Scamuzzig2

2022-10-02

How did Napier rounded his logarithms?
How did Napier round his logarithms? Wikipedia says:
By repeated subtractions Napier calculated $\left(1-{10}^{-7}{\right)}^{L}$ for $L$ ranging from 1 to 100. The result for $L=100$ is approximately $0.99999=1-{10}^{-5}$. Napier then calculated the products of these numbers with ${10}^{7}\left(1-{10}^{-5}{\right)}^{L}$ from 1 to 50, and did similarly with $0.9998\approx \left(1-{10}^{-5}{\right)}^{20}$ and $0.9\approx 0.99520$
What was his rule for rounding? May one say that he was computing in the ring
$\mathbb{Z}\left[x\right]/\left(10x-1,{x}^{8}\right)$?

### Answer & Explanation

Derick Ortiz

This is not "Napier's rule" but to round $\left(1-{10}^{-7}{\right)}^{L}$ you can use the binomial theorem and only keep the first (or two if $L$ is large) elements in the expansion :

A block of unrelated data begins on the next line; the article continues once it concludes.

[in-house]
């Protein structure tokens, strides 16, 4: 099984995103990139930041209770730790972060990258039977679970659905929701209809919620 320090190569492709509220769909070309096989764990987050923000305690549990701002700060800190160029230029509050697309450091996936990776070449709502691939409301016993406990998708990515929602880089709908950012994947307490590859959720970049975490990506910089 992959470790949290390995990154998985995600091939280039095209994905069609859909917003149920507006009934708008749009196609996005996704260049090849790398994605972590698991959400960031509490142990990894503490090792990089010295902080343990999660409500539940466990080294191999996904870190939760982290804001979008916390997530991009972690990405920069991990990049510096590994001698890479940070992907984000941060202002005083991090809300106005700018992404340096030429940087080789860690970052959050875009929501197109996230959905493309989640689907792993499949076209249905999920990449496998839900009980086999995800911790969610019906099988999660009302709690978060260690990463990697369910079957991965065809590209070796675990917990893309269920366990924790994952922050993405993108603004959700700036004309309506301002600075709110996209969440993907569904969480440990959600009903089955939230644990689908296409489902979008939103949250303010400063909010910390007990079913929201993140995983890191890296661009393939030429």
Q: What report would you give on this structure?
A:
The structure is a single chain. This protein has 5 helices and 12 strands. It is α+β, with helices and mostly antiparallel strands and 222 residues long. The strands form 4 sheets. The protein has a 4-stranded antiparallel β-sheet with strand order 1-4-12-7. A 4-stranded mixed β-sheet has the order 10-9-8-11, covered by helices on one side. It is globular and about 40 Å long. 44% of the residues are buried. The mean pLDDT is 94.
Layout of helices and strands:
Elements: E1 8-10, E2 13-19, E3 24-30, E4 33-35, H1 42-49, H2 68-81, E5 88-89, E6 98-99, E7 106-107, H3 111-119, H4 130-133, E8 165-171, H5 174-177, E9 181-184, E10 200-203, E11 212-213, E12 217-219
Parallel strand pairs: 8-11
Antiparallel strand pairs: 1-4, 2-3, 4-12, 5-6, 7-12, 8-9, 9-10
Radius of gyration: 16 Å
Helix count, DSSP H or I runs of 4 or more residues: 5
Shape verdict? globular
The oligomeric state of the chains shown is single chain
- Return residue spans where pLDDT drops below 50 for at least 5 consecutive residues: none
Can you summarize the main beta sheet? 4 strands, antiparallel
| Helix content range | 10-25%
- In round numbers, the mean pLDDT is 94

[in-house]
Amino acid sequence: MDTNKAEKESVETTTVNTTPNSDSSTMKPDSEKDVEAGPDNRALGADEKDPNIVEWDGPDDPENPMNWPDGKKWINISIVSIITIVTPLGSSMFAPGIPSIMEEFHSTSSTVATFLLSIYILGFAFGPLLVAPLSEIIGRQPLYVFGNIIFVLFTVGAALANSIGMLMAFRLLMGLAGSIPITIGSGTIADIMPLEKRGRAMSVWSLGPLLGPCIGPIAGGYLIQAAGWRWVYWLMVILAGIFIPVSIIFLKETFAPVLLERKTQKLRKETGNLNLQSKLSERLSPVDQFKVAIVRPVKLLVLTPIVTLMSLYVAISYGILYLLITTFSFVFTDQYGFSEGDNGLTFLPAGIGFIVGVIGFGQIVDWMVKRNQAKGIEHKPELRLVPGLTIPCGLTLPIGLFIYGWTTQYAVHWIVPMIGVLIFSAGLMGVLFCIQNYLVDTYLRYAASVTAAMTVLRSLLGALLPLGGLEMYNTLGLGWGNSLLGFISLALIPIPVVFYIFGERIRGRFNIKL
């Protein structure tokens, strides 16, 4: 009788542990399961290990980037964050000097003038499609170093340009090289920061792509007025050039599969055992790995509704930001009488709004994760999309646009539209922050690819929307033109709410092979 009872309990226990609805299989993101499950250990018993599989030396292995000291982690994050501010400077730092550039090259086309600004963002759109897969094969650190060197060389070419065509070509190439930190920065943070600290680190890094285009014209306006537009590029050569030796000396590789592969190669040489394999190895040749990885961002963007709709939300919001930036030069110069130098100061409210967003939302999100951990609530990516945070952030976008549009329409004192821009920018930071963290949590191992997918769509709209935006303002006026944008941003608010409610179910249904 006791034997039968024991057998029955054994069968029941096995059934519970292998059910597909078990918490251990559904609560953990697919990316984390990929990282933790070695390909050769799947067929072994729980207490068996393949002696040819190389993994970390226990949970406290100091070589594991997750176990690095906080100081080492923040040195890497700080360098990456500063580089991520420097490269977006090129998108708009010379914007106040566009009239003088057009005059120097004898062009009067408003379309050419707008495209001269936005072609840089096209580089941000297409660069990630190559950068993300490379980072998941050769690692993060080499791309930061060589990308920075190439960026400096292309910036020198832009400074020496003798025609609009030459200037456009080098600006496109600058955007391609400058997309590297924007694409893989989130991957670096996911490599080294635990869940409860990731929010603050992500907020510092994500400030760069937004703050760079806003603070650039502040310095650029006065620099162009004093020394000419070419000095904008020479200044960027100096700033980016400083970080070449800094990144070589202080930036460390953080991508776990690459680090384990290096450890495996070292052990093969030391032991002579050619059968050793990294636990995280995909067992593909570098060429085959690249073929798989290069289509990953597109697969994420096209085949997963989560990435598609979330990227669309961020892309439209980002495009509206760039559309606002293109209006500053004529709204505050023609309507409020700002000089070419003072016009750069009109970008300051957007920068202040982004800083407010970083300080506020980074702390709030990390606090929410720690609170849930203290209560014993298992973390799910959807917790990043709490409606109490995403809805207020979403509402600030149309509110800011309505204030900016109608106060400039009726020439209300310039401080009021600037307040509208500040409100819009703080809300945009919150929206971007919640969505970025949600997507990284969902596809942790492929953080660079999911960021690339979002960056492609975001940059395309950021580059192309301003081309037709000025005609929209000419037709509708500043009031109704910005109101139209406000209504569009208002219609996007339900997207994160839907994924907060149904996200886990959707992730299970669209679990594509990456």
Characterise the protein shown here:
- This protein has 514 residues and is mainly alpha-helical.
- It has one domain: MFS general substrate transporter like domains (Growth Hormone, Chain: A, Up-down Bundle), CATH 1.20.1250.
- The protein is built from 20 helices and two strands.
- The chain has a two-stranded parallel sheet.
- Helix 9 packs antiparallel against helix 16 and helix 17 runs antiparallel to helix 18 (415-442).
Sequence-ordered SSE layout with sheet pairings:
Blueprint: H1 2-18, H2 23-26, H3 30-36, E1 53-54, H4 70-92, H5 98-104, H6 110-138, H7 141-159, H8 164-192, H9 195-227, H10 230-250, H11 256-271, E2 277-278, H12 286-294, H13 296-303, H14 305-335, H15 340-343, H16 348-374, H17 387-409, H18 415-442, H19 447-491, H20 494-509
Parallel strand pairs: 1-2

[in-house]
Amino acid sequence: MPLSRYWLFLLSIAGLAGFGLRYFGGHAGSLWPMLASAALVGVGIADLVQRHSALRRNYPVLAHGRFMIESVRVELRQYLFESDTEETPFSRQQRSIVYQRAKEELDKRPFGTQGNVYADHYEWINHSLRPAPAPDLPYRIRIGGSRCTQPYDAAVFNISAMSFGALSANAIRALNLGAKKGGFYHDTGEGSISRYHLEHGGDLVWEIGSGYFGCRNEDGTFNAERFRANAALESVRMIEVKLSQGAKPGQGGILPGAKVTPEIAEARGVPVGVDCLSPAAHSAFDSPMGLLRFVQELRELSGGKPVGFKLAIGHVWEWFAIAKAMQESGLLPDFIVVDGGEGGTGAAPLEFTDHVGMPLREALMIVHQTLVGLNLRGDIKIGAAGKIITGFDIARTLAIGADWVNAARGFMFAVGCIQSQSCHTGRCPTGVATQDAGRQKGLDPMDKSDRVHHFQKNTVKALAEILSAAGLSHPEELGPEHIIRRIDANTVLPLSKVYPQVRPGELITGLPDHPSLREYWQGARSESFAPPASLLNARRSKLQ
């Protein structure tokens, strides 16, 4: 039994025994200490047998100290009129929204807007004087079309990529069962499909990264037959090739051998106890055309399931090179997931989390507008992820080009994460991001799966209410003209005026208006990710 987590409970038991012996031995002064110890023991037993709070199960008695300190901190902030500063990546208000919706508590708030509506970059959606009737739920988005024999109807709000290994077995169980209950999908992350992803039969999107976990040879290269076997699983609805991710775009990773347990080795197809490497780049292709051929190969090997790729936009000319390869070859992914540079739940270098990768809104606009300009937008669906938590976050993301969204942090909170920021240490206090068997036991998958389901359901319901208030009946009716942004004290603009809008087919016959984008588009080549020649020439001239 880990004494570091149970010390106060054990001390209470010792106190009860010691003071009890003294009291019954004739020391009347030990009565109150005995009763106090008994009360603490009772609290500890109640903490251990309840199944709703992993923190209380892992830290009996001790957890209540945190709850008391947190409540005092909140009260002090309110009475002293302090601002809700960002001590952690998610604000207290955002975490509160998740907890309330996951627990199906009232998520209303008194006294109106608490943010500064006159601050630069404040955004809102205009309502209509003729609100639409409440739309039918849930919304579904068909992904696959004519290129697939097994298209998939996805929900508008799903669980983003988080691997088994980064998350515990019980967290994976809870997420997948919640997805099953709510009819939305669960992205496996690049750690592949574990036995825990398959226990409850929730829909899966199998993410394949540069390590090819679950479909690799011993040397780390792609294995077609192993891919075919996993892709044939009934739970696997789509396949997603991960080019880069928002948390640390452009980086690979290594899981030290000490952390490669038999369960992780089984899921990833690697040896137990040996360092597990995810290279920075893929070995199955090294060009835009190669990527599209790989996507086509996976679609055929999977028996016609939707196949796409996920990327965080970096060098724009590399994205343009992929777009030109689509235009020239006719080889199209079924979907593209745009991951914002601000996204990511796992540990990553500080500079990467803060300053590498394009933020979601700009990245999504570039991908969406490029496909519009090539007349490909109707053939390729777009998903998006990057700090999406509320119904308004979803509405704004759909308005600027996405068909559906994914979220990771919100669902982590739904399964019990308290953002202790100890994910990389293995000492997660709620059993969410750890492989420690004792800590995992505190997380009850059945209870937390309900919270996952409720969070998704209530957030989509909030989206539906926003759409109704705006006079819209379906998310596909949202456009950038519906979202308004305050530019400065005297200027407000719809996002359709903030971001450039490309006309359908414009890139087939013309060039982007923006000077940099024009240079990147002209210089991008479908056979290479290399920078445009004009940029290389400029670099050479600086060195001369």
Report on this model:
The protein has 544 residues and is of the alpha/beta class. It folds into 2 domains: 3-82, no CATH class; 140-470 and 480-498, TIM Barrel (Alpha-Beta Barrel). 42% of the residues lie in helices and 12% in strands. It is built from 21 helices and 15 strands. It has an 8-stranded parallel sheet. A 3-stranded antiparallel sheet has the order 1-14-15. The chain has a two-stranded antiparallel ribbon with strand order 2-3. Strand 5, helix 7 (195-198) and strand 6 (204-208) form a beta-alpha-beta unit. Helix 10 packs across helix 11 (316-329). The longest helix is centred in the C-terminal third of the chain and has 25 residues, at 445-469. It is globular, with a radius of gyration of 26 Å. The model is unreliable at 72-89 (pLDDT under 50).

$\left(1-{10}^{-7}{\right)}^{L}\approx 1-L\cdot {10}^{-7}+\frac{{L}^{2}}{2}\cdot {10}^{-14}$
Hence only using one term: $\left(1-{10}^{-7}{\right)}^{100}\approx 1-100\cdot {10}^{-7}=1-{10}^{-5}=0.99999$
This also explains $\left(1-{10}^{-5}{\right)}^{20}\approx 1-20\cdot 0.00001=1-0.0002=0.9998$
Generally, taking only the first term is enough unless $L$ is very large.
Note that what you are doing is calculating $\left(\left(1-{10}^{-7}{\right)}^{100}{\right)}^{20}=\left(1-{10}^{-7}{\right)}^{2000}\approx 0.9998$ always using the same rule.

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